Chicken nuggets: You won't believe what's in them, again
Chicken nuggets are a kid staple, but a new study reveals that only half of each nugget contains actual meat. Will kids care?
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It was looking good for Oliver as he put the carcass into the food processor and then strained the pink goop through a sieve.Skip to next paragraph
Lisa Suhay, who has four sons at home in Norfolk, Va., is a children’s book author and founder of the Norfolk (Va.) Initiative for Chess Excellence (NICE) , a nonprofit organization serving at-risk youth via mentoring and teaching the game of chess for critical thinking and life strategies.
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He mixed in chemicals and flavor boosters while explaining how gross and unhealthy it all was as he flattened the new “dough.”
Here’s where he lost them.
He took out a cookie cutter and popped out two “nuggets” which he dusted with bread crumbs and fried in oil.
While we have yet to invent smellavision, I could see it coming as soon as the kids inhaled the scent of salty, fatty, connective tissue and breadcrumbs frying.
Sadly, Oliver was blind-sided as he triumphantly pointed to the abomination that was turning a golden brown and said, “Now, who would still eat this?”
Without the slightest hesitation every hand shot into the air.
Oliver is so badly shocked that he keeps trying to get the kids to see the error asking, “Is that good food or bad food for you?”
Oliver: “Why would you still eat it if you know it’s bad?”
Boy #1: “Because we’re hungry.”
Boy #2: “I’m just hungry.”
Oliver tells the camera later on that no matter how rational we try to be with kids “we have brainwashed them to like it if it’s in that friendly little shape.”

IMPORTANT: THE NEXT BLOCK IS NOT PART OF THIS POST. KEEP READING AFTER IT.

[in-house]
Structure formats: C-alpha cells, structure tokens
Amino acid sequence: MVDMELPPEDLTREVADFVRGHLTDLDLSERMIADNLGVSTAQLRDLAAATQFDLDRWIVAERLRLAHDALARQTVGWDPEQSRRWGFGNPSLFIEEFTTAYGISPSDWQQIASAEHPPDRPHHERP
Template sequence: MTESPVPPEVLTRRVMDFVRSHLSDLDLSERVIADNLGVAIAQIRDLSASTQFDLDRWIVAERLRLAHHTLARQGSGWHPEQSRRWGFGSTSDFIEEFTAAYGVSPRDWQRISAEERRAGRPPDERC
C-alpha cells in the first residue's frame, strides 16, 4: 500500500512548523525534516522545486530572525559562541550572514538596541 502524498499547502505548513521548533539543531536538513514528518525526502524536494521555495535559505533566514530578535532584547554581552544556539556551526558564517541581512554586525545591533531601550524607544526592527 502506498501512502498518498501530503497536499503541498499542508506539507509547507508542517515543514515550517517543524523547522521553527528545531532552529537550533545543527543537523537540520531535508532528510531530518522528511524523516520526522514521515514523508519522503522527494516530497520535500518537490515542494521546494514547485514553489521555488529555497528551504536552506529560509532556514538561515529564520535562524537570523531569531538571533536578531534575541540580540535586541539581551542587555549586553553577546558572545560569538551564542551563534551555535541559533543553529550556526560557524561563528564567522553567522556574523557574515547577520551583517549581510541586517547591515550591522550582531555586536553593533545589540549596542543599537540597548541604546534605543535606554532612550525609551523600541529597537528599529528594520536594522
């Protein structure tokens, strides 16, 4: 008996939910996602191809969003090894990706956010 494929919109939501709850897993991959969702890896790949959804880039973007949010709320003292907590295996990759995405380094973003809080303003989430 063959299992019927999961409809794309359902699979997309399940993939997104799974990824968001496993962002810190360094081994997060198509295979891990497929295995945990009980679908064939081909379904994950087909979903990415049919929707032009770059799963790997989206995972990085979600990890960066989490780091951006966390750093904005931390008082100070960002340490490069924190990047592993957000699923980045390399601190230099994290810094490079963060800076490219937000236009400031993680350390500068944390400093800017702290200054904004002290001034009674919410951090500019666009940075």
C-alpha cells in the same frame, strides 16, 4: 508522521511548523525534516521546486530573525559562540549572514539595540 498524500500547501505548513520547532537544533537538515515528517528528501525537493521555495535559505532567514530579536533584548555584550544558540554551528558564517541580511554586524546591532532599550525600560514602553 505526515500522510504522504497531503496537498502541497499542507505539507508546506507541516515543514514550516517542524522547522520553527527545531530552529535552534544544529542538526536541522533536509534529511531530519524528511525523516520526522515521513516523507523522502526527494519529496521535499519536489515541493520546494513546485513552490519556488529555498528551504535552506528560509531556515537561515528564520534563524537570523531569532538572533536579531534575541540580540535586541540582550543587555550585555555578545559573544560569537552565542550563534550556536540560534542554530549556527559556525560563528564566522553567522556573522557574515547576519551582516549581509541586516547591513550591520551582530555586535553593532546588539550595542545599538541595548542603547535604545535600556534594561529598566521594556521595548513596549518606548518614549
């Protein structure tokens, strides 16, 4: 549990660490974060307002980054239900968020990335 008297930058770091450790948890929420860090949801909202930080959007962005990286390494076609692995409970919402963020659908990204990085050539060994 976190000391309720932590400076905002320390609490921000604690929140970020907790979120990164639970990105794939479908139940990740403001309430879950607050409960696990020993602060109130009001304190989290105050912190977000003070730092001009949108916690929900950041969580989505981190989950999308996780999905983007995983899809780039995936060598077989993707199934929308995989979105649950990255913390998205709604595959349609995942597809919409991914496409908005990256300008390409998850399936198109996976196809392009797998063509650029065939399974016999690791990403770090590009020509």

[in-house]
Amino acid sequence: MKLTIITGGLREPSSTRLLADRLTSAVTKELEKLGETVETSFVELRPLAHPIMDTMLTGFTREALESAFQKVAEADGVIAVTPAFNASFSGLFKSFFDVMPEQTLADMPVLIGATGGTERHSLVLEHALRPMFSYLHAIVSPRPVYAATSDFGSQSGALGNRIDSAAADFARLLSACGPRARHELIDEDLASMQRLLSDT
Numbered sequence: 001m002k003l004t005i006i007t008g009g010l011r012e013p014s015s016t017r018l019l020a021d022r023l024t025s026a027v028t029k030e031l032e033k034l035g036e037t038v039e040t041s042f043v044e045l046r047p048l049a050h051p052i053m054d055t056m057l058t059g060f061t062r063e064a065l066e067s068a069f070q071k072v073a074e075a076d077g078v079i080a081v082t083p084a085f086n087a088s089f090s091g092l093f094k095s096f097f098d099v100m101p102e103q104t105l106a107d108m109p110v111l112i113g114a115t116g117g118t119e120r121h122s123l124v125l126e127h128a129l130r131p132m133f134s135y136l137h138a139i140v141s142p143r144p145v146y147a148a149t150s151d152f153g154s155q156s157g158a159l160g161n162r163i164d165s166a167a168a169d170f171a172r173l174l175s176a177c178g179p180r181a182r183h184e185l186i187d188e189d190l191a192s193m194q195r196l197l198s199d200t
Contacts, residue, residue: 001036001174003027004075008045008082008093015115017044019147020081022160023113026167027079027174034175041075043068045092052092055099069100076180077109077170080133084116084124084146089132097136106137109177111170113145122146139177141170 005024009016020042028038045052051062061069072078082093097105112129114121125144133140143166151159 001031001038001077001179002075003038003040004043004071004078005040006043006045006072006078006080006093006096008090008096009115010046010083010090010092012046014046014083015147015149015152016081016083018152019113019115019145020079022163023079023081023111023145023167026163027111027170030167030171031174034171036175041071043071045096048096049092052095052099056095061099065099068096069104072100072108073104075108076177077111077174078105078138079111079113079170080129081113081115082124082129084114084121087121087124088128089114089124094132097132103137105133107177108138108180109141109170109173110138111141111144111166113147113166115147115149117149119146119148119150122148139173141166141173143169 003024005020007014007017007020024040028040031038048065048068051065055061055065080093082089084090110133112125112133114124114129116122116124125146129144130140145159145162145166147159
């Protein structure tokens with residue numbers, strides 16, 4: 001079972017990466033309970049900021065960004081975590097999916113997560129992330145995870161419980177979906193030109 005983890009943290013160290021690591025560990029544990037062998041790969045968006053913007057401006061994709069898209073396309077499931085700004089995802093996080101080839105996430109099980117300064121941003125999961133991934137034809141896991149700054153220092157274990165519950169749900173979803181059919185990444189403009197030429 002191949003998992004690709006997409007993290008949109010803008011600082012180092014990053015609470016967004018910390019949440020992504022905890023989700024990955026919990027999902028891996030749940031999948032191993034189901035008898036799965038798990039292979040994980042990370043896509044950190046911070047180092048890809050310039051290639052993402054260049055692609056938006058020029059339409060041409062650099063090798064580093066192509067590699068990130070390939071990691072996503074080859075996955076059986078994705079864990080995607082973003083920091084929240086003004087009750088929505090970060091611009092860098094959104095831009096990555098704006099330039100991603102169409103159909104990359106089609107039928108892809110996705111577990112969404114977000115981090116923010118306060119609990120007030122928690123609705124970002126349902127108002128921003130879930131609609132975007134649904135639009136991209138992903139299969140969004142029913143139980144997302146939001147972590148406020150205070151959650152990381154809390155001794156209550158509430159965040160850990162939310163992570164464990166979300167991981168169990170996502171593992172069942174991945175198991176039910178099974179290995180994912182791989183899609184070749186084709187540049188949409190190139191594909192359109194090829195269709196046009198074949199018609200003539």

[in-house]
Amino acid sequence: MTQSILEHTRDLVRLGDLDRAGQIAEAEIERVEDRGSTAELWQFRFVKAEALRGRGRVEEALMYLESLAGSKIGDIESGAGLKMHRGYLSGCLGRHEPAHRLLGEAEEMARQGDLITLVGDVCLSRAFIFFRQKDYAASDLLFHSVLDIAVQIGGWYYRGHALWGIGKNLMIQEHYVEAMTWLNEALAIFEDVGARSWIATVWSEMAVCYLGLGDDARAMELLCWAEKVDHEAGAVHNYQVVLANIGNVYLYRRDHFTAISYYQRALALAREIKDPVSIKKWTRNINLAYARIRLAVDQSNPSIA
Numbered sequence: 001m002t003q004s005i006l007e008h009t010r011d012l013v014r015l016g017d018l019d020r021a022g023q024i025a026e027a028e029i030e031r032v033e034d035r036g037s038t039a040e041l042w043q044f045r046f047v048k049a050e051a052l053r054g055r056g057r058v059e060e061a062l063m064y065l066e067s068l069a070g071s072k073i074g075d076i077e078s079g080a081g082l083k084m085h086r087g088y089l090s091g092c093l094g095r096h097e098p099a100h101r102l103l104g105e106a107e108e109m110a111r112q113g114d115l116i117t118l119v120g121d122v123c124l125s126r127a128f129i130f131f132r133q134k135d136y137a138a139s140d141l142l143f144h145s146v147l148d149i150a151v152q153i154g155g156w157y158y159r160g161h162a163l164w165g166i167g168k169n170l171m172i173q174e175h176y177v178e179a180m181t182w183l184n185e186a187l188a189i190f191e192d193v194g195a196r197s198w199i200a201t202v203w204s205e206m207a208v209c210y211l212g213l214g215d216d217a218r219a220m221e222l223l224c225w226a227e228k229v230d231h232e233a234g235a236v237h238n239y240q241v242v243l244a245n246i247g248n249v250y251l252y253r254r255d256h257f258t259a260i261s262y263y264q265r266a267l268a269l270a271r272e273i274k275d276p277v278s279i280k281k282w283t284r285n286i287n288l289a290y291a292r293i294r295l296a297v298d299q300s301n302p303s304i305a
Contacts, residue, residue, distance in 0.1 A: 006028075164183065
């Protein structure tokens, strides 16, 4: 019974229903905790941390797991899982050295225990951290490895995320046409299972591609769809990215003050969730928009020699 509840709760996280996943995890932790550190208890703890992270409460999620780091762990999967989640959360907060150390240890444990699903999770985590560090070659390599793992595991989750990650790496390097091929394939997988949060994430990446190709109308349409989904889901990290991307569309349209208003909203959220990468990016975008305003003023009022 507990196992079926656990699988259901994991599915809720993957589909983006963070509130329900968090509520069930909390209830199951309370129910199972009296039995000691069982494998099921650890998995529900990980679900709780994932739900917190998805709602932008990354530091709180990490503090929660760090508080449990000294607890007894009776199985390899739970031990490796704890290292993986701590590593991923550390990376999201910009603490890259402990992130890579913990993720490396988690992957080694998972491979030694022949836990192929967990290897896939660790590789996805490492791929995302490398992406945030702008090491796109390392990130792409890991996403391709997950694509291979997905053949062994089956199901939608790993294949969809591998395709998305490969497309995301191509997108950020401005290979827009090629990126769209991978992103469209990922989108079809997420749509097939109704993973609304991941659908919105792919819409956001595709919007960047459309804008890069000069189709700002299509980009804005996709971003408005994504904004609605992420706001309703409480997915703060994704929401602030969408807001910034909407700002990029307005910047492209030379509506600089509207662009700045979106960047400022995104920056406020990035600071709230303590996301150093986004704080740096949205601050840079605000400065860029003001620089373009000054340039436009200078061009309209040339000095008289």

Author Anna Lappé and the Food MythBusters project premiered their second short movie earlier this month exposing what they say is “the manipulative marketing machine parents are up against in their struggle to keep their kids healthy, calls on the food industry to own up to marketing’s role in driving the epidemic of diet-related diseases.”
“Big Food spends close to $2 billion every year telling kids and teens what’s cool to eat through advertising, promotions, and sponsorships,” according to Lappe’s press release. “Meanwhile, across the country, fast-food chains are crowding out grocery stores and supermarkets, narrowing the healthy food choices available.”
Seeing all this information makes the battle seem unwinnable for parents like me who too often succumb to the affordable and battle-free nuggets and burgers.
However, I think we can fight and win against these odds because history is on our side. Look at all the seemingly impossible odds that have been overcome against other ingrained, well-financed and insidious regimes.
Are we seriously going to tell ourselves that our nation could overcome slavery, the Great Depression, and child labor in sweat shops, but we can’t beat some clown with a nugget?
Parents shall overcome marketing and we will do it one child and one healthy meal choice at a time.